Heat Resistant Coral – Discovery into the Resistance of Bleaching
By Jonny Dawson
In this post, we will take a look at a research study made by our Director of Science, Jonny Dawson. We hope this gives you further insight into coral bleaching and the discoveries being made to combat it.
The ocean provides one of clearest indications on the state of global climate change, with it being estimated to absorb over 90% of the heat generated from greenhouse gases. Analysis has shown that the past 10 years have represented the top 10 warmest years on record within the ocean.
Rising sea temperatures are seen to have the largest influence on coral bleaching events, with temperature fluctuations of only 1o C (2o F) resulting in bleaching. As the impact on coral reefs from elevated sea temperatures continues to be demonstrated throughout the world’s oceans, scientists in Australia have recently come up with a potential solution.
Researchers from CSIRO, Australia's national science agency, the Australian Institute of Marine Science (AIMS) and the University of Melbourne have made significant strides in the push to save the world’s reefs by successfully developing a heat resistance coral. In May 2020, researchers published a study showcasing the development of a lab-grown strain of coral microalgae symbionts (tiny cells of algae that live inside the coral tissue) which are more tolerant to heat.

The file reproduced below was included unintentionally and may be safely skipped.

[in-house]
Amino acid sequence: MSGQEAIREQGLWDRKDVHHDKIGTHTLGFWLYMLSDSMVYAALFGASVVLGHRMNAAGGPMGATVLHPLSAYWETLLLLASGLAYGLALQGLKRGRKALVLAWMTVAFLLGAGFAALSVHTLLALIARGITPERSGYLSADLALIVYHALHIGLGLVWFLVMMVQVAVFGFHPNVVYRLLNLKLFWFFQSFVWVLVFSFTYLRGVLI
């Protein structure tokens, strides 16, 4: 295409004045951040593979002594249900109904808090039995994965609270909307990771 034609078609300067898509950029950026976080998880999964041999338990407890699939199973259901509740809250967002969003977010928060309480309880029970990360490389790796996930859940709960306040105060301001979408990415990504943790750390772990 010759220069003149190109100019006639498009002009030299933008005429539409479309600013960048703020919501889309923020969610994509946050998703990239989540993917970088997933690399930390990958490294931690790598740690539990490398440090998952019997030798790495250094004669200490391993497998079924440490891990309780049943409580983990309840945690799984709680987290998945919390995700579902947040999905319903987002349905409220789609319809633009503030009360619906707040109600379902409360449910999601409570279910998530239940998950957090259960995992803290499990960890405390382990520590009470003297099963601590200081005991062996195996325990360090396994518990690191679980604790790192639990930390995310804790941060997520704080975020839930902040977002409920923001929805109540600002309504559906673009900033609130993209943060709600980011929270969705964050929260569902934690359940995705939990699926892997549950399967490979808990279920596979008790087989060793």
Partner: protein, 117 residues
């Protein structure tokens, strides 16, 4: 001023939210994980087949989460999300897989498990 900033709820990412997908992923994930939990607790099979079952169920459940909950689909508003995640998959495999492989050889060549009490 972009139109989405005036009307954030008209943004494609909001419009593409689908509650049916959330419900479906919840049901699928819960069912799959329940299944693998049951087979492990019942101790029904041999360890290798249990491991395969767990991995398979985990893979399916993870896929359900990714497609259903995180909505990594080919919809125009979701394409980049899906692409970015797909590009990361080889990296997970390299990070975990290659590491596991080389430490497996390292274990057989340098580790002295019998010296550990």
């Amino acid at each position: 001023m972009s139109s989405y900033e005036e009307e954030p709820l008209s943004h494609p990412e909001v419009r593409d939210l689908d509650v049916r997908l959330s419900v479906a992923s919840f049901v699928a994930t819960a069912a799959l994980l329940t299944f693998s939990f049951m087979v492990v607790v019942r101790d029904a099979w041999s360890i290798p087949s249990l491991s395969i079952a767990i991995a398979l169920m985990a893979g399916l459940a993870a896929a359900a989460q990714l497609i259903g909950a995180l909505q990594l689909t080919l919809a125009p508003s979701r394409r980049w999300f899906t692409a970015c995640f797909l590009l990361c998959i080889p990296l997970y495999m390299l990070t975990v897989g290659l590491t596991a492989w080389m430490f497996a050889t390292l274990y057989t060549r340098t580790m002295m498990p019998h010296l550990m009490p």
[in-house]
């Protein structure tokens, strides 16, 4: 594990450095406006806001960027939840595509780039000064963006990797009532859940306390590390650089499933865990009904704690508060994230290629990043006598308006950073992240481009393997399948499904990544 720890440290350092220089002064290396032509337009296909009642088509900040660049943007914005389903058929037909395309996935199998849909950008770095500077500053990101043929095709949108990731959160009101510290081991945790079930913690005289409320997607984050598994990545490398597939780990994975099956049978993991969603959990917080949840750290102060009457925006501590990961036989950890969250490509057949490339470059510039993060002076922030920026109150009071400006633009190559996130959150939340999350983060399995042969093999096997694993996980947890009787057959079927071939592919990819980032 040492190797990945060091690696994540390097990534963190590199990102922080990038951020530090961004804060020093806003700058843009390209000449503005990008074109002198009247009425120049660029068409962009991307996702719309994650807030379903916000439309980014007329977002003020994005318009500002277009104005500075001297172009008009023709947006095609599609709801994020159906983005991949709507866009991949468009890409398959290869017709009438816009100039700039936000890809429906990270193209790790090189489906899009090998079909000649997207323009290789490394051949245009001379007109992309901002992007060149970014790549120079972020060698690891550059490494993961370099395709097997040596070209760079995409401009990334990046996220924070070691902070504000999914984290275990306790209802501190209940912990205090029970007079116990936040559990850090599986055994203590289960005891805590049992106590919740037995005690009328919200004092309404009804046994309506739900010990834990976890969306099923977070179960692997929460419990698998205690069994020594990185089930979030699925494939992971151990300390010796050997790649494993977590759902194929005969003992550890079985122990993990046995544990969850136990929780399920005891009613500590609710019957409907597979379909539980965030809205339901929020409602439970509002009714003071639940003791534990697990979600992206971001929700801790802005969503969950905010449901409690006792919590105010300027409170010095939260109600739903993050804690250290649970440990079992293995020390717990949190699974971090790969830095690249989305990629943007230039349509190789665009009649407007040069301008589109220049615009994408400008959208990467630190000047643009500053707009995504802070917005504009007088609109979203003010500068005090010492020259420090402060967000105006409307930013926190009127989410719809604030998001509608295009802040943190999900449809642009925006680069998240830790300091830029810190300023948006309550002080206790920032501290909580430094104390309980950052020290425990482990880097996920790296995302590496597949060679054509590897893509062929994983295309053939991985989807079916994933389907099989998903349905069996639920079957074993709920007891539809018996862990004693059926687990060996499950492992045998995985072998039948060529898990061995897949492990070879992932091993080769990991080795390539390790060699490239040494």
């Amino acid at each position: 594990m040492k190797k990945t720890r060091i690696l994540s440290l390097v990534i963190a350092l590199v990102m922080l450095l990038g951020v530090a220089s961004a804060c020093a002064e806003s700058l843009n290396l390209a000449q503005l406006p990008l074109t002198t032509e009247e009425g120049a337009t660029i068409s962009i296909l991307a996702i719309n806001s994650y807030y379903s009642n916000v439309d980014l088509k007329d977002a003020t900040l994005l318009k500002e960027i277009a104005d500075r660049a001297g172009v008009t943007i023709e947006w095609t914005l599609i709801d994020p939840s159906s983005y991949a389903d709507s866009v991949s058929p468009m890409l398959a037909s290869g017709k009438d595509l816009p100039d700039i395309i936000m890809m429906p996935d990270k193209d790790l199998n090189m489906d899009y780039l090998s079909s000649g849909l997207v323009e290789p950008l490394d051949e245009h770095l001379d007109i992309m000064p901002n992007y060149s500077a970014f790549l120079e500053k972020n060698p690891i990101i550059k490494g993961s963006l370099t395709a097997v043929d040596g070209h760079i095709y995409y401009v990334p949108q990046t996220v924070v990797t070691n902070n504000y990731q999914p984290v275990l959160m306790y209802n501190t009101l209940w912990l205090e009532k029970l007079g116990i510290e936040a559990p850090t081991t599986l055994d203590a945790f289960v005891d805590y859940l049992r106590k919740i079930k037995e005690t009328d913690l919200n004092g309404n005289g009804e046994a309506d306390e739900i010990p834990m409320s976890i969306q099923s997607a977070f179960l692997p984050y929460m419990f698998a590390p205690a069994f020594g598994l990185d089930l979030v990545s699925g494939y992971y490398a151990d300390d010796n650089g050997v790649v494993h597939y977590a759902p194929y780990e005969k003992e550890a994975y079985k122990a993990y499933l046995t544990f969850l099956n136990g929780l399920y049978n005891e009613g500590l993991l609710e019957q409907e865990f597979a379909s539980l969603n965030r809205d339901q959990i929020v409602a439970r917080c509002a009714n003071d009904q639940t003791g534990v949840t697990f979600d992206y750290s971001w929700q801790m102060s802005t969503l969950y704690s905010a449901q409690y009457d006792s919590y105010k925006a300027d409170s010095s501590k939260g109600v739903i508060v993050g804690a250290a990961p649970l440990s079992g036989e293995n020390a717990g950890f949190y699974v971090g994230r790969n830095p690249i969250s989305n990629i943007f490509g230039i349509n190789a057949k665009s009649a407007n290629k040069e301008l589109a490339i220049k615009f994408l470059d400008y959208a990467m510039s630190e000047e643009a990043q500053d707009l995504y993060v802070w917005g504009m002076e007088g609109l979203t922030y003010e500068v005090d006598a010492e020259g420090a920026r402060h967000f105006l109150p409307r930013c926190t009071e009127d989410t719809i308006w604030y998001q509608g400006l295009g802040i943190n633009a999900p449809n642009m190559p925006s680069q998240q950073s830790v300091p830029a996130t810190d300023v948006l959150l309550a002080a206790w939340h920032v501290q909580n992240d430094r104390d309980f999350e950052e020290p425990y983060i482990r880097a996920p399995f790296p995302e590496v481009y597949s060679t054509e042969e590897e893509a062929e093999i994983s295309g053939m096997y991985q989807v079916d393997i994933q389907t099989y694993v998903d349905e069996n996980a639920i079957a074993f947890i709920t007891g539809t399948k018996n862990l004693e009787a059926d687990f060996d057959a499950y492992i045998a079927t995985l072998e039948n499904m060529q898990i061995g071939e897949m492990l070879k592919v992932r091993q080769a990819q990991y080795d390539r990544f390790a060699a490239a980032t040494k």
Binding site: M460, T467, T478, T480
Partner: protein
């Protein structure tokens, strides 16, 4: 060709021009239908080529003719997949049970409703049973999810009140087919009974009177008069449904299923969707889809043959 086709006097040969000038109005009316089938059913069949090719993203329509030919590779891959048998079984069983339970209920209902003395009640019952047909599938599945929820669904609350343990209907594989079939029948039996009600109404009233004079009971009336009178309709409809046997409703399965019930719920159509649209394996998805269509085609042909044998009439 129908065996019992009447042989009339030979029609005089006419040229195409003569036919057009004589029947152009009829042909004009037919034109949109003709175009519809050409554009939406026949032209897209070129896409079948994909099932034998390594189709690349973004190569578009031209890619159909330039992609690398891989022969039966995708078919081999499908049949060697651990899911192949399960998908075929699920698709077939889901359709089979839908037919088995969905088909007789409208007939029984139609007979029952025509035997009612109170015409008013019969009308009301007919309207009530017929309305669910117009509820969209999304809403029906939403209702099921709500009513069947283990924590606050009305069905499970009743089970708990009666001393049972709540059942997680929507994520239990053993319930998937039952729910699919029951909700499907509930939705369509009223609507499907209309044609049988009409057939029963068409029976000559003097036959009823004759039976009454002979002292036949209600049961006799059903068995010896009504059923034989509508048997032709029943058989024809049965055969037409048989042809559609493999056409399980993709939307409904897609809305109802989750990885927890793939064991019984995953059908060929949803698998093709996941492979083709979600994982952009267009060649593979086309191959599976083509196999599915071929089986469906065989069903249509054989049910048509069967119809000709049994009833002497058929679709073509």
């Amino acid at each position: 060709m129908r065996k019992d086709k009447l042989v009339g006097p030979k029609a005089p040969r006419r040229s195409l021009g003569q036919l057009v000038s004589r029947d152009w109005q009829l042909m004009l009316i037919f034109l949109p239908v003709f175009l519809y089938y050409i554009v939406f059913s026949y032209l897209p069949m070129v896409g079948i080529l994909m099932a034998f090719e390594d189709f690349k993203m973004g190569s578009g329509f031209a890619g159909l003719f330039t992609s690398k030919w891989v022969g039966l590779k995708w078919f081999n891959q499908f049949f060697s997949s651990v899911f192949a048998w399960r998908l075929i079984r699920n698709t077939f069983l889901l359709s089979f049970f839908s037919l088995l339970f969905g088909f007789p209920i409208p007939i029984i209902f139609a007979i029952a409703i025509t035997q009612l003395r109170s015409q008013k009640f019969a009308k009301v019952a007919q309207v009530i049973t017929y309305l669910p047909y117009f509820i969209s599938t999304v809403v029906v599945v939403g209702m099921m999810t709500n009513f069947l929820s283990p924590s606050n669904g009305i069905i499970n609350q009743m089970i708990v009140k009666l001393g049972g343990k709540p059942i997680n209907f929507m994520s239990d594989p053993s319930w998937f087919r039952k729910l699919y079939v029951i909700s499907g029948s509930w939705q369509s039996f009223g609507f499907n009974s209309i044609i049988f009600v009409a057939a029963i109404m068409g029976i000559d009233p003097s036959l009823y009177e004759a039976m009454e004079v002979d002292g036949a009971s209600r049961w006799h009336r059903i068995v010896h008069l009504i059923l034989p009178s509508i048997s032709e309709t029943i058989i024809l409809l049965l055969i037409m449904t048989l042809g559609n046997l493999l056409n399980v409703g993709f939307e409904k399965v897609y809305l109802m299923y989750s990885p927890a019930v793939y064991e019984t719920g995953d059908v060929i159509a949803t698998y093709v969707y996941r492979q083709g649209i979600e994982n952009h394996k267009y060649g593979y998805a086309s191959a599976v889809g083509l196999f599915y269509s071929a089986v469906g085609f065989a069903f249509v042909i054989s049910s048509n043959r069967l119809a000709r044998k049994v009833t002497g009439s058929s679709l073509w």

Using a technique called “directed evolution”, the microalgae symbiont was increasingly subjected to warmer temperatures over a four-year period, helping them to adapt and survive within a hotter environment. Once the microalgae were reintroduced into the coral larvae, the newly established organism had an elevated heat tolerance and as was more efficient at photosynthesis; demonstrating the development of a coral with enhanced climate resilience.
It is believed that these findings may help in the effort to restore coral reefs suffering from mass mortalities as a result of marine heatwaves.
Professor Claudia Vickers (SynBio FSP Director Associate Professor) stated that:
‘This breakthrough provides a promising and novel tool to increase the heat tolerance of corals and is a great win for Australian science.’
Although further work needs to be done, this appears to represent a significant movement in the pursuit of saving the world’s coral reefs.